The latest information, declarations, and resources on FMCSA’s response to the COVID-19 are also available at  

National Governor’s Association’s State-By-State Summary of Public Health Criteria & State Actions in Reopening Plans: Yesterday, the National Governor’s Association (NGA)announced anevolving, state-by-state summary and analysis of reopening plans with public health criteria.  The summary will be updated every Wednesday and Friday as governors issue new orders and plans.

The NGA has also summarized actions taken by the states to reopen certain business sectors previously restricted, deemed nonessential and/or required to close. Please note this list is not exhaustive of statewide actions. This list addresses statewide guidance for businesses and does not address county or municipal guidance. State reopening actions will continue to be tracked and updated within this chart.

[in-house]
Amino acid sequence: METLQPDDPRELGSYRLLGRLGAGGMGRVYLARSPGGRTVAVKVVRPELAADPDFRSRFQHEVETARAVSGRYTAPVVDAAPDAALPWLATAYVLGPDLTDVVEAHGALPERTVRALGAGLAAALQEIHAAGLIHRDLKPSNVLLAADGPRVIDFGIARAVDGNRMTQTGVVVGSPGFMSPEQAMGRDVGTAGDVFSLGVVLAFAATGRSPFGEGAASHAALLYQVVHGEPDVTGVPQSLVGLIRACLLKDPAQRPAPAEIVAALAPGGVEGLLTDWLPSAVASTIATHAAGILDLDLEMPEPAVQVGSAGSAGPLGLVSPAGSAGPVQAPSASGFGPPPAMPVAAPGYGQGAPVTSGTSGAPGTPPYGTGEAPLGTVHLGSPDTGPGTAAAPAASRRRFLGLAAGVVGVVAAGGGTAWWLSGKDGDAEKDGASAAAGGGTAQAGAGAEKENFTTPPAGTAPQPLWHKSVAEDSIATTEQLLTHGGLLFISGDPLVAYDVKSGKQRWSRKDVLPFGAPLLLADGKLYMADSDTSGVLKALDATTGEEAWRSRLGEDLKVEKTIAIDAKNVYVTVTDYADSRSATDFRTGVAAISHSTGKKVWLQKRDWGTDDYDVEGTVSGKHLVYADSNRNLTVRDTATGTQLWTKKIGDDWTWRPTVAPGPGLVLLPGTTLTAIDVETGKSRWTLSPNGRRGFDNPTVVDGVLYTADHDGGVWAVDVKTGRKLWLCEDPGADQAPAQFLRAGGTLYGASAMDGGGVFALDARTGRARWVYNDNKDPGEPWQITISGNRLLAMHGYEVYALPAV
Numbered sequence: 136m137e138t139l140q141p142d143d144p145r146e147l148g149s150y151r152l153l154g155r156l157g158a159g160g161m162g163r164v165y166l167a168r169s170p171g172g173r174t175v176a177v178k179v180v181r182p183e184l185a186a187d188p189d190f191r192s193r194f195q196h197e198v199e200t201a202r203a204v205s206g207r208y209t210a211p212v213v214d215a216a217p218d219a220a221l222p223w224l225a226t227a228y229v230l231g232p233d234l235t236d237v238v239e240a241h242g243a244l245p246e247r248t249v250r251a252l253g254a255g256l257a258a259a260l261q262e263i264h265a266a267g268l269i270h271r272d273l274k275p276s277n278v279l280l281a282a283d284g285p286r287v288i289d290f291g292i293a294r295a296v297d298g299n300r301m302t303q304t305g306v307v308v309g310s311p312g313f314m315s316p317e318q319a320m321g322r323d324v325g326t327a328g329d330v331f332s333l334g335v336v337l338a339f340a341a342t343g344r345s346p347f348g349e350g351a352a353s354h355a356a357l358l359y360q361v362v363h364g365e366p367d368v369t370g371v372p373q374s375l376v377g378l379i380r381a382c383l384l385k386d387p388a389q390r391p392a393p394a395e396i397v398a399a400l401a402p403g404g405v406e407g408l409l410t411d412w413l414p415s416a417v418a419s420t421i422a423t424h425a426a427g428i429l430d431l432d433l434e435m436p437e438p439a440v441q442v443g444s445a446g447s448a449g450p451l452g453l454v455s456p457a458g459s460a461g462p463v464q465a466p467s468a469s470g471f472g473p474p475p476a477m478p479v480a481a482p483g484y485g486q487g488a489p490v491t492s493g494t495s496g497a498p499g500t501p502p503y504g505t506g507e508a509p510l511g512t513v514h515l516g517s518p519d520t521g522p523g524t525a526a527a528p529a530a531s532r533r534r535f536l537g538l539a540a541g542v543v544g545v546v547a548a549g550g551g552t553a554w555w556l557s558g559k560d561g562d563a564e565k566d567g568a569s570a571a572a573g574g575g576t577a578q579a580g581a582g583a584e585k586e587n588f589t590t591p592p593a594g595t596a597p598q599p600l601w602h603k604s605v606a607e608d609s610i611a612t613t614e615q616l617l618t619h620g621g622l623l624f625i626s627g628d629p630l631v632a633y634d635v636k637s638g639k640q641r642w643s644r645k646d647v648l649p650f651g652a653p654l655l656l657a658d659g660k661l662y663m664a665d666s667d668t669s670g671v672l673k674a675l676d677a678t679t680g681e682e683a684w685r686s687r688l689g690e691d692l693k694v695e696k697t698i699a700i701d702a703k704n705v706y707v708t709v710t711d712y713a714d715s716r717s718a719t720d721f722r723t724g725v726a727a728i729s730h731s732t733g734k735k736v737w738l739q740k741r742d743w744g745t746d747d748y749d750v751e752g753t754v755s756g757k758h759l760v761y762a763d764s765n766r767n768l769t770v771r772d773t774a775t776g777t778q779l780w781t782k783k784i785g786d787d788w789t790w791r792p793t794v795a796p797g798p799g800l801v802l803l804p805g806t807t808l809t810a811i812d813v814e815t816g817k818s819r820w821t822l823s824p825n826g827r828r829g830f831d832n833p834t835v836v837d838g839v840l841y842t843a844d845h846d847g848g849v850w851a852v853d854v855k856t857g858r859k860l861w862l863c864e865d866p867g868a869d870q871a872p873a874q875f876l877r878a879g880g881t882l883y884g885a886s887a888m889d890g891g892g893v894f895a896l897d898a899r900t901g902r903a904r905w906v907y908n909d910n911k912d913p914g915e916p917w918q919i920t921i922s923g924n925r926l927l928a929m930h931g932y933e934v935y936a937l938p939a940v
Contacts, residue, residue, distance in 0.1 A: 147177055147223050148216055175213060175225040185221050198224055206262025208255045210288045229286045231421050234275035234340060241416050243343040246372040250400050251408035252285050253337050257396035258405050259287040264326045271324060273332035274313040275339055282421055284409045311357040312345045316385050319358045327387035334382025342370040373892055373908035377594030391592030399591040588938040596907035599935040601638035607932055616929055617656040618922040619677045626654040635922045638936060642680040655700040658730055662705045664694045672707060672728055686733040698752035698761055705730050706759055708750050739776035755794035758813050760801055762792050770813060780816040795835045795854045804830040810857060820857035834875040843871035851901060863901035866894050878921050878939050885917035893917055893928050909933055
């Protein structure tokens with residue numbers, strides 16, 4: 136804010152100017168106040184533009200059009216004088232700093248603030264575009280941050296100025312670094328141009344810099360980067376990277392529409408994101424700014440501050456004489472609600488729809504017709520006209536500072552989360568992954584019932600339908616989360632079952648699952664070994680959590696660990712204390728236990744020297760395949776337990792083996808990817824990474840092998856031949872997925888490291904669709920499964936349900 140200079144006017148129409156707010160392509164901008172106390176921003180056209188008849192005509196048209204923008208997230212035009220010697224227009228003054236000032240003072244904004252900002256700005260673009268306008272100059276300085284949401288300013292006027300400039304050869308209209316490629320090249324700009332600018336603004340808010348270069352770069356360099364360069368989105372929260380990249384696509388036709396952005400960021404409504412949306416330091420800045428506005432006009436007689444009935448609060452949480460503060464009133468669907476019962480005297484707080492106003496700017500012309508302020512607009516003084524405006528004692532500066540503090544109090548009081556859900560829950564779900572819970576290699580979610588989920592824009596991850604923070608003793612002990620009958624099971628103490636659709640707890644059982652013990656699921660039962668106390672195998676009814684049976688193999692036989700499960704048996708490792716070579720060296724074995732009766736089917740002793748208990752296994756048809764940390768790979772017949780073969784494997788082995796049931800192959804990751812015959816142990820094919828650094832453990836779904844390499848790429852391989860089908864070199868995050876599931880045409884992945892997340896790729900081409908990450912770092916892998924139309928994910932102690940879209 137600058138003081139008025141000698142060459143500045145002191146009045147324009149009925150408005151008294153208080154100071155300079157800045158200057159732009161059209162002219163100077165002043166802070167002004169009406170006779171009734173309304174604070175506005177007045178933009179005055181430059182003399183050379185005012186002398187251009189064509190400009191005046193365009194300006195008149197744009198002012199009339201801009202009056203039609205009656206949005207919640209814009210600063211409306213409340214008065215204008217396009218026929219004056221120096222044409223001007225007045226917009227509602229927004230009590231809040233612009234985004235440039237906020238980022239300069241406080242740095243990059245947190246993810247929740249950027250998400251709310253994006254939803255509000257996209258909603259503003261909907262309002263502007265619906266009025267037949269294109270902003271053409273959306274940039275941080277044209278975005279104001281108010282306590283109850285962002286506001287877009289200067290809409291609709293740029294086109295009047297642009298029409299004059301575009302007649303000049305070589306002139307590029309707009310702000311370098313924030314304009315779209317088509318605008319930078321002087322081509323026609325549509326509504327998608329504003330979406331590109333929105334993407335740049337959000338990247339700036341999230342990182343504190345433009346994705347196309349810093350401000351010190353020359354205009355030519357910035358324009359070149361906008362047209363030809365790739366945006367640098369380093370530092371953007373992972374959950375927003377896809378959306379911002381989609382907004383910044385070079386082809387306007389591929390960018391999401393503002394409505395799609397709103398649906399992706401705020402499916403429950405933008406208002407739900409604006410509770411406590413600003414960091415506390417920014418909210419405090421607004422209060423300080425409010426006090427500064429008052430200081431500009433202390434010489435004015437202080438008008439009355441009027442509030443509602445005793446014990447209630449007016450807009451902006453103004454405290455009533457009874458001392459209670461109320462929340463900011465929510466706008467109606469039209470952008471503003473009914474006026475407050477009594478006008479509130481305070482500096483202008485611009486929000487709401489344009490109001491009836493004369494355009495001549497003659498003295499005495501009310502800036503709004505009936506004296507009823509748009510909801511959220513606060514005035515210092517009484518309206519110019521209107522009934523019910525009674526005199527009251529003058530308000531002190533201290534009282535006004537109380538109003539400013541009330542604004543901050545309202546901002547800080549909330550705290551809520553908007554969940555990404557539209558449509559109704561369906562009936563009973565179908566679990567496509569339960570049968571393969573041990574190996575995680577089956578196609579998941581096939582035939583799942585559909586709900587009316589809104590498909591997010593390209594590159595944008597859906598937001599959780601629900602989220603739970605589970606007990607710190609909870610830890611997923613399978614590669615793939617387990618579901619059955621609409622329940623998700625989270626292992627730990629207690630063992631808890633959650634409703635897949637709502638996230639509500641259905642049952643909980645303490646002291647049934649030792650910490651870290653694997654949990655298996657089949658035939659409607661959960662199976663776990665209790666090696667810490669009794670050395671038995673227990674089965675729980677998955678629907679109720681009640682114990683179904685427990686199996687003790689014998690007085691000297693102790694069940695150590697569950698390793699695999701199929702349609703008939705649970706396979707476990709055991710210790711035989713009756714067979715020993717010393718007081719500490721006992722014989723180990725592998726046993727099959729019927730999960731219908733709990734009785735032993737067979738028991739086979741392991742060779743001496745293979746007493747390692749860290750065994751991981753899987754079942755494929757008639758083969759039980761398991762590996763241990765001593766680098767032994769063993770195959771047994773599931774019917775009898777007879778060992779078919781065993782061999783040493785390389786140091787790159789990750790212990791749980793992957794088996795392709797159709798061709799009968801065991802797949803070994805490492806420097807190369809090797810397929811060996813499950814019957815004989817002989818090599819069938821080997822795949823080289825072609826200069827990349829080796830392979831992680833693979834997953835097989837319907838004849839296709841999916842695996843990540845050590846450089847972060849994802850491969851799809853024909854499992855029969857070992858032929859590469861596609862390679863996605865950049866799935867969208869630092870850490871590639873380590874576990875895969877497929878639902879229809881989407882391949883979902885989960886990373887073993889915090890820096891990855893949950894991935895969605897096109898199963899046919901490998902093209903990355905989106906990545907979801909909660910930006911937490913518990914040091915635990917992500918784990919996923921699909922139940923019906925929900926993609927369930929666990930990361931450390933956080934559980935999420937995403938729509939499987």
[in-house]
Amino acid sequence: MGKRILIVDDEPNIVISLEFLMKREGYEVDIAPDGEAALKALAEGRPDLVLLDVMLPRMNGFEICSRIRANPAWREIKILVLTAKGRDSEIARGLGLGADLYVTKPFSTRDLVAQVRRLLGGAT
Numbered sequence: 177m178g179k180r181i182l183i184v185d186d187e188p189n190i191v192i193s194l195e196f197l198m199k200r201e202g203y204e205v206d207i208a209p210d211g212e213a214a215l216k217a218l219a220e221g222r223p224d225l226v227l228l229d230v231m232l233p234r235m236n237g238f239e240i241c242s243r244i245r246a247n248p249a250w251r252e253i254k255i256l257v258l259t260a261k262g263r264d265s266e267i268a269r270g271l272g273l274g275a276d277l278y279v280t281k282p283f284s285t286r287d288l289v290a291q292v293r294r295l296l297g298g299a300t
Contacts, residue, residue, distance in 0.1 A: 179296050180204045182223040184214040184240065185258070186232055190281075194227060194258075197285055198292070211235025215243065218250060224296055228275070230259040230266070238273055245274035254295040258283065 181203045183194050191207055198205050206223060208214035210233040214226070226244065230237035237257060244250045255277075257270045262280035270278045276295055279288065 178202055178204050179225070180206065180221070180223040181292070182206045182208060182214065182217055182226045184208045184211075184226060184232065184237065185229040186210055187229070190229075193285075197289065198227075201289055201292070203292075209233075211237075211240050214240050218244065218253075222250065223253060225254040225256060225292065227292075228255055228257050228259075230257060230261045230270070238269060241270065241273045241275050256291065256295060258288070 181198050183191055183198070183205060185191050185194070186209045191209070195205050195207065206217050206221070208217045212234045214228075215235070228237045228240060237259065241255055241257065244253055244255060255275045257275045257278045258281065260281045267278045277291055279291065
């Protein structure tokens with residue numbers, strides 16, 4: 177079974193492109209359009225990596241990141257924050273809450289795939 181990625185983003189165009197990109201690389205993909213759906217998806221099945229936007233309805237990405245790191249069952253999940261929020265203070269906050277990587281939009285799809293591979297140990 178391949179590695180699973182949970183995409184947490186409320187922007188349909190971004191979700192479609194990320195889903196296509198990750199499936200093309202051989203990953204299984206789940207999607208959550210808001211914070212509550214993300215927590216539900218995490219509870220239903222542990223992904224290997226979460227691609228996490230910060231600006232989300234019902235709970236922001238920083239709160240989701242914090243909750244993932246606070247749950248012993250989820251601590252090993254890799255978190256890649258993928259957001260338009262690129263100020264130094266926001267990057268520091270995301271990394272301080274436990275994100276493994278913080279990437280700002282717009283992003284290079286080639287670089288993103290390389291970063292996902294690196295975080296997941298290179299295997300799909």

New Illinois Supreme Court Order & Guidelines for Resuming Court OperationsToday, the Illinois Supreme Court modified issued an order, to be effective June 1, 2020, so that eachCircuit may return to hearing court matters, whether in person or remotely, according to schedule to be adopted for each county by the chief judge in each Circuit. The circuit courts shall continue, to the extent possible, to allow for appropriate social distancing and attempt to reduce the number of persons appearing personally for court appearances.  The Illinois Supreme Court has also issued guidance to be followed in accordance with the new order.